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January 26, 2006

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Great post, Jamie. Clear and helpful explanation, and still making me want to homeschool again. And this was helpful in another way too. Thanks!

This added a really nice counterpart to the post about obedience on Half-Changed World the other day.

I think I would have been a successfully unschooled child - I have extreme curiosity that borders on obession. I can't NOT know something. My mother could have dropped me off at the library at 9:00 AM and picked me up at 3:00 PM and I would have spent the whole time studying SOMETHING. Sadly, I think regular school took some of that passion away, and it worries me, because I think it's a good skill to have.

The thing I see about Alex's personality (as it comes across in your posts) is that your struggles arise when you put your foot down. He sees that foot come down and his innate reaction is I MUST RESIST. Correct me if I'm wrong here. I think the two of you have that similar quality, you're both stubborn and are willing to fight just for the sake of maintaining your position.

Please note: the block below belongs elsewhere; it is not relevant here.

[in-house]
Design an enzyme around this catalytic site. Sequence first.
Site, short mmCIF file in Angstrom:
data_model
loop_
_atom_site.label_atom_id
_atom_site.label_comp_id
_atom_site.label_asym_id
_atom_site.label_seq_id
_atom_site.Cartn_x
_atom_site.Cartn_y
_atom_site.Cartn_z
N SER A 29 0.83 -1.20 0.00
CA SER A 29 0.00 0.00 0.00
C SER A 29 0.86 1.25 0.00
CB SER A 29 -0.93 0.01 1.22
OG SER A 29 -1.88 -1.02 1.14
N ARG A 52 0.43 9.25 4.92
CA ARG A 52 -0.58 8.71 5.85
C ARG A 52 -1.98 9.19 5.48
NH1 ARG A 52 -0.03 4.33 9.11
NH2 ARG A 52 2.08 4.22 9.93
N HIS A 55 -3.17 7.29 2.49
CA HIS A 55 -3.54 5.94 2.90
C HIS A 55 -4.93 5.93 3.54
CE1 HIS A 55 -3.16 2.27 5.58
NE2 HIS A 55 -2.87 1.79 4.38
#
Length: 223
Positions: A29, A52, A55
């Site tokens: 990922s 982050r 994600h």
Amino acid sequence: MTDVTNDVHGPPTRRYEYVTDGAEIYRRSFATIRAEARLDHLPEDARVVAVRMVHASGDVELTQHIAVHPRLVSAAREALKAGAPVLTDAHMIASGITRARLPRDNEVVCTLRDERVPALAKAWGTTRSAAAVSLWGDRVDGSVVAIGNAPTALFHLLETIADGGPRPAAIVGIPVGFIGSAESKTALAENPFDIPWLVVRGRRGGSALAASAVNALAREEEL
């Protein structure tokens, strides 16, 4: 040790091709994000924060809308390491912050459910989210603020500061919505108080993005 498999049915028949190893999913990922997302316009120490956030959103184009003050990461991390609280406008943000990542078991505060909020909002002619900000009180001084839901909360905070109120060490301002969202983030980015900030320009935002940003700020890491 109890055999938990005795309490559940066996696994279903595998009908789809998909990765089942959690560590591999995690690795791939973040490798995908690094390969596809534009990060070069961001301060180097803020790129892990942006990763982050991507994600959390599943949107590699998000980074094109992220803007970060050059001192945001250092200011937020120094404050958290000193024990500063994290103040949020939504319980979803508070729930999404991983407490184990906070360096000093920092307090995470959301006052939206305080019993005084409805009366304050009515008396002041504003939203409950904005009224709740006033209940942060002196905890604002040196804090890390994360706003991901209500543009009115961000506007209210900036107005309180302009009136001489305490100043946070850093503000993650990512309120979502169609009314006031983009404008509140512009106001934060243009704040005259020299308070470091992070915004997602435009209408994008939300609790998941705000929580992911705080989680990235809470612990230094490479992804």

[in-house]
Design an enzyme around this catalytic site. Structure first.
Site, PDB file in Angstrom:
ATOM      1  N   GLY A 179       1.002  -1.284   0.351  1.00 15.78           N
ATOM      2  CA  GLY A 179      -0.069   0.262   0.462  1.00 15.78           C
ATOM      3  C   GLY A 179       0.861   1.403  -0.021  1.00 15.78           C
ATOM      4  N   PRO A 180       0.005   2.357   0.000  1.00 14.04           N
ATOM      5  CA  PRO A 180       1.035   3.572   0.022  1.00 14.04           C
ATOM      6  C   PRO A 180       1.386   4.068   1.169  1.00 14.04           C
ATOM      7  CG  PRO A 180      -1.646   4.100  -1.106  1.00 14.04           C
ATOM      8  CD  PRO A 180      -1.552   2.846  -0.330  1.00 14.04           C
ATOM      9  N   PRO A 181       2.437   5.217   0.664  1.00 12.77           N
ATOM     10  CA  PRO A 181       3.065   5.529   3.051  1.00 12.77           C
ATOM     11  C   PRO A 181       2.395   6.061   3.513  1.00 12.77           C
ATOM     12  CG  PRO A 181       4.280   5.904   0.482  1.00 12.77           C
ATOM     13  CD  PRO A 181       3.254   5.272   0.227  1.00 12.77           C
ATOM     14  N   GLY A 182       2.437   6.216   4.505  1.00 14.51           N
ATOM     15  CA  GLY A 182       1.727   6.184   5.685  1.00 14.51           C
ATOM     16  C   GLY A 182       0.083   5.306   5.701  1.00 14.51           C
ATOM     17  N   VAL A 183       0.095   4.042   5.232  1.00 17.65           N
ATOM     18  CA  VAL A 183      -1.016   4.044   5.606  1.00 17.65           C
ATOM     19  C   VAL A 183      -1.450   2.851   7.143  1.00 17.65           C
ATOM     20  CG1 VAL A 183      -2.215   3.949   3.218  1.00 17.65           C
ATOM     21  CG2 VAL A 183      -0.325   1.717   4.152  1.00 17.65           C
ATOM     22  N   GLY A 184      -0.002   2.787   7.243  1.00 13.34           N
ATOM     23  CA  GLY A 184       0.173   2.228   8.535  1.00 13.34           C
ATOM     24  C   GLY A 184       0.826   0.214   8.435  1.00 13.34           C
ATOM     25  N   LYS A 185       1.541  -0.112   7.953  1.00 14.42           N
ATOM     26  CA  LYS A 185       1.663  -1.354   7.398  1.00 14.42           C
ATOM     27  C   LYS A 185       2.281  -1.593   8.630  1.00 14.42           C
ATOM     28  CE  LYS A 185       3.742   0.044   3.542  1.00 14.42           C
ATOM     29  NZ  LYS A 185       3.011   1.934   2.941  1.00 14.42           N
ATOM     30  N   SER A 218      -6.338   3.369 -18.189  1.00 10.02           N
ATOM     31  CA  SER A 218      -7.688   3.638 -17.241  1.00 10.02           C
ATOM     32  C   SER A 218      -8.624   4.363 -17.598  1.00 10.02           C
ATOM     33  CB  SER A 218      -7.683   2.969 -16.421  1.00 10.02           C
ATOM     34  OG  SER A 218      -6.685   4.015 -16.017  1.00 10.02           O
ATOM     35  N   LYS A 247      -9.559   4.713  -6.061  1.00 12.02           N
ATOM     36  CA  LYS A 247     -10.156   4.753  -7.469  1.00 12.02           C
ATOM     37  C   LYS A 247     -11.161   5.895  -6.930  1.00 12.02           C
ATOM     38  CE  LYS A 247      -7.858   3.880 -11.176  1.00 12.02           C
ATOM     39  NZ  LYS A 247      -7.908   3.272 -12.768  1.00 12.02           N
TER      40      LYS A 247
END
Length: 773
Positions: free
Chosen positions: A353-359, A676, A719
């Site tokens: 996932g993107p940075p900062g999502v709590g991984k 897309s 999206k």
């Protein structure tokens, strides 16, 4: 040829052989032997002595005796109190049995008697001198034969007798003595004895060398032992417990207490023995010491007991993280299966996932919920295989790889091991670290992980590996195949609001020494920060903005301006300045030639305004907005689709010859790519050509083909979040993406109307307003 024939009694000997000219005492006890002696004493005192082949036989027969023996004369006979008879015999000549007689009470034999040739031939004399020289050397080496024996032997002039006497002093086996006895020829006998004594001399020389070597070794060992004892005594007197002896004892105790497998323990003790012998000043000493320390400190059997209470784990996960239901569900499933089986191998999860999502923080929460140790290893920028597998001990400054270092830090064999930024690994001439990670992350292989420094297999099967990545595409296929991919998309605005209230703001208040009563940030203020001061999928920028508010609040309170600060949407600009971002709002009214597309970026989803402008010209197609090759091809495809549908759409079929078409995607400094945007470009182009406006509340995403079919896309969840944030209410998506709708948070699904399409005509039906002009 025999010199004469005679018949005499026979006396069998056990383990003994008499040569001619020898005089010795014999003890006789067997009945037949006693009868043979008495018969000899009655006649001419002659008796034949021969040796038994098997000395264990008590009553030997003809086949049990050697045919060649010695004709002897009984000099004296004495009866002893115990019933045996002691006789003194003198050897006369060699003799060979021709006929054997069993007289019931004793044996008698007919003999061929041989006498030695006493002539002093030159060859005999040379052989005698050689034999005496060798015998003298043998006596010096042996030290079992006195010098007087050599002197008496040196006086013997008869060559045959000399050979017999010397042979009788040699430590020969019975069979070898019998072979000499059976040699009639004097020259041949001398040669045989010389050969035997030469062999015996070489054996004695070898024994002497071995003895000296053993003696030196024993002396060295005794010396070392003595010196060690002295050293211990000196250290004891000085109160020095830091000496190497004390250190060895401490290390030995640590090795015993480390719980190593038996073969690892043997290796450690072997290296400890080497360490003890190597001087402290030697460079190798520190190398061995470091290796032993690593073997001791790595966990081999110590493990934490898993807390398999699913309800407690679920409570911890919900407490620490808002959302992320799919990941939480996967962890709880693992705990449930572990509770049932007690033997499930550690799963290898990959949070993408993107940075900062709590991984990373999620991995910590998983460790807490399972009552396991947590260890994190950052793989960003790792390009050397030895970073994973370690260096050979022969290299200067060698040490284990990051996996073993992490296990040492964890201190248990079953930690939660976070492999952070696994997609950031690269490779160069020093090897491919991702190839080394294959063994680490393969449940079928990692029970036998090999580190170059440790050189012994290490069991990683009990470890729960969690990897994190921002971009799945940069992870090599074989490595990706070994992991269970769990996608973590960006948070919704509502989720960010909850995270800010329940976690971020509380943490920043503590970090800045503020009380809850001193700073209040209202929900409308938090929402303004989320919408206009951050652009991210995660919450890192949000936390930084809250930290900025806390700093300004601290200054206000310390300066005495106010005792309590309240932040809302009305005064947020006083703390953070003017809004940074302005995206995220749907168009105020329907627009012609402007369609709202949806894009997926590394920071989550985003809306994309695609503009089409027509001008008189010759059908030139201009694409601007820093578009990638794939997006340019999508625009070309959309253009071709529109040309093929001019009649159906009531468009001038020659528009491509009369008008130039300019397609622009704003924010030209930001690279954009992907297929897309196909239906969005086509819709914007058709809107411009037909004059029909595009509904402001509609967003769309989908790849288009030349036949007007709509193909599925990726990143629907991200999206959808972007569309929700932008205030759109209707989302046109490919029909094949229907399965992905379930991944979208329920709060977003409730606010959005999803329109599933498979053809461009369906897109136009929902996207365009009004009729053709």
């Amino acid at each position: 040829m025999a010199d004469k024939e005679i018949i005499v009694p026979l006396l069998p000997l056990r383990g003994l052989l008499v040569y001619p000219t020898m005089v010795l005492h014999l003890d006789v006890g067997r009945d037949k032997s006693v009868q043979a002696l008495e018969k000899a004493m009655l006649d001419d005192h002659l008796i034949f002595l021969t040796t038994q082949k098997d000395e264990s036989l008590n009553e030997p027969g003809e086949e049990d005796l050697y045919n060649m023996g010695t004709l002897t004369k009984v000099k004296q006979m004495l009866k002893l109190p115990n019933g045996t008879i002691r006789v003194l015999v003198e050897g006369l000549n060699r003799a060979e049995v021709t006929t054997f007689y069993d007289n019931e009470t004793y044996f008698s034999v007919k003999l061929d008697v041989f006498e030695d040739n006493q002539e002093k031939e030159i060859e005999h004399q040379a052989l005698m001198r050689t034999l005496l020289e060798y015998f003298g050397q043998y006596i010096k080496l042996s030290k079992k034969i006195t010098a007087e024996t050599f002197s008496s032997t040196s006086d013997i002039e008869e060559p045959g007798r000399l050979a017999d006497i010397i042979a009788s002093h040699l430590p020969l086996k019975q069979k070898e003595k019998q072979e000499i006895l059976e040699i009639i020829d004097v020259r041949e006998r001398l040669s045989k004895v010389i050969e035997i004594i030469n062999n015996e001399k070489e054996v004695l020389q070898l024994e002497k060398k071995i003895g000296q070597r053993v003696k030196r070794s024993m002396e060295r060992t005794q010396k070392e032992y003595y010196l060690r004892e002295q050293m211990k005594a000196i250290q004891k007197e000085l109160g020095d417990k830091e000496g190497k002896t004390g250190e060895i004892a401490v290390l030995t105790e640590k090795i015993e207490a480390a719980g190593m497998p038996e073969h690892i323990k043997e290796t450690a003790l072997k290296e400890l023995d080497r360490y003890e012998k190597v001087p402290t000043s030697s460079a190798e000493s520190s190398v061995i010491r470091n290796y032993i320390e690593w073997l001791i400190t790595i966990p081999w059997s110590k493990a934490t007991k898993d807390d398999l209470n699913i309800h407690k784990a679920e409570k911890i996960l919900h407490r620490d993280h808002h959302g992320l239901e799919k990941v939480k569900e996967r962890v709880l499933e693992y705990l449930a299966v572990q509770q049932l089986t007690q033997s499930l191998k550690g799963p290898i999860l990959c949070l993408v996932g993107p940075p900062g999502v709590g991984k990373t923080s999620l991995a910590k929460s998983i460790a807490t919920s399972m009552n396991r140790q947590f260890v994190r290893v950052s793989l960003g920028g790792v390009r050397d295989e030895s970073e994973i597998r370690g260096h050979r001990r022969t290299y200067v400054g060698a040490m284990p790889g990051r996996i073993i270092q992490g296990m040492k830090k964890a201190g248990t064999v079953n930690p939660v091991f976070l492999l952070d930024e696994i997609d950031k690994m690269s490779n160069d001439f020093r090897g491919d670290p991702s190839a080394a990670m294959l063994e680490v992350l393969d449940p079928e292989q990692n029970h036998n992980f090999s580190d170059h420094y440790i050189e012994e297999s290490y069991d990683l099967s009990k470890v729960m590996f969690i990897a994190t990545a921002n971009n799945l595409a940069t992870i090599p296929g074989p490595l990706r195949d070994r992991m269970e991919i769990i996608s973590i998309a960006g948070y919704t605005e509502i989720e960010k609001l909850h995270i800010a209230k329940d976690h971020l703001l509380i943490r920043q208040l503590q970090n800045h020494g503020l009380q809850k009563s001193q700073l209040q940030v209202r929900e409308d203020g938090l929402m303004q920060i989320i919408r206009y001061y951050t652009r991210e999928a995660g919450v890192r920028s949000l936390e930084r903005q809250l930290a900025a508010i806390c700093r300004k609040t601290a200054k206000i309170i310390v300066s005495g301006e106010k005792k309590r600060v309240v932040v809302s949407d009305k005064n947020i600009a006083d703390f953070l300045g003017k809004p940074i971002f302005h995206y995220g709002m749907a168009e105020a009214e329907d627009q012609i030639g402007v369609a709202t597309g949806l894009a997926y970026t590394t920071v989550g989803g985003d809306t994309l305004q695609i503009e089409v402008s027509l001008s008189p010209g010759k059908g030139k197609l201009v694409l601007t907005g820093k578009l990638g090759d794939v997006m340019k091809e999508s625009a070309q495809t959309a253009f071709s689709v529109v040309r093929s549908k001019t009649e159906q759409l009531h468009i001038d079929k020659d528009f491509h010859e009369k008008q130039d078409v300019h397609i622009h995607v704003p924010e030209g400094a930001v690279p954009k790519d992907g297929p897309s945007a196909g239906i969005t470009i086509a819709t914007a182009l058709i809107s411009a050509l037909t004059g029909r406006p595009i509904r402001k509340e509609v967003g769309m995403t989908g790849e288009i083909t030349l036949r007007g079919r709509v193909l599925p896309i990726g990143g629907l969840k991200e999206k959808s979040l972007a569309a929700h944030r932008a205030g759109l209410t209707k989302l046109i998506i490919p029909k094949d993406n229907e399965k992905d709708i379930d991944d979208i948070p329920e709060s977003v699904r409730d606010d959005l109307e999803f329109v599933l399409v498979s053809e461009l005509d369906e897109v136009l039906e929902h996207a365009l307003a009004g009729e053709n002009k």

So the trick is to find a way to diffuse the situation when it starts to arise. If you find a mutually agreeable way to do geography or whatever then you can circumvent the ultimatums.

If it were me, I'd sit down with him and say, "Alex I can see that you really don't want to do this geography assignment. It's important to me, as your teacher, that you have an understanding of geography. What are we going to do to solve this problem?" There are a myriad of ways to teach geography - things that come to mind are puzzles, card games, and computer games, or how about orienteering? Is he involved in scouts at all? Perhaps you could introduce him to people who use maps in their jobs or daily lives. I'm just throwing out ideas here.

I think you're an excellent teacher and mother! I really think that you and Alex can learn to work in harmony in this situation. It's just a matter of learning not to go into resistance mode when faced with something.

Best of luck, Jamie. Go and give your oldest a hug and tell him how much you love him. I always found that it softened me up when I was fighting with my mom (I was the oldest, too.)

Lisa C., your perception is right on target. Thanks for your story. :-)

Excellent story.

May I suggest these books as a substitute for Rilla? (they're centered around WWII, but I think you'll find they offer up a good background for living under wartime conditions.)

Noel Streatfeild: When the Sirens Wailed and Party Shoes.

Plenty of boys in each, which may make it easier on him.

Party shoes should have had a link too. here it is

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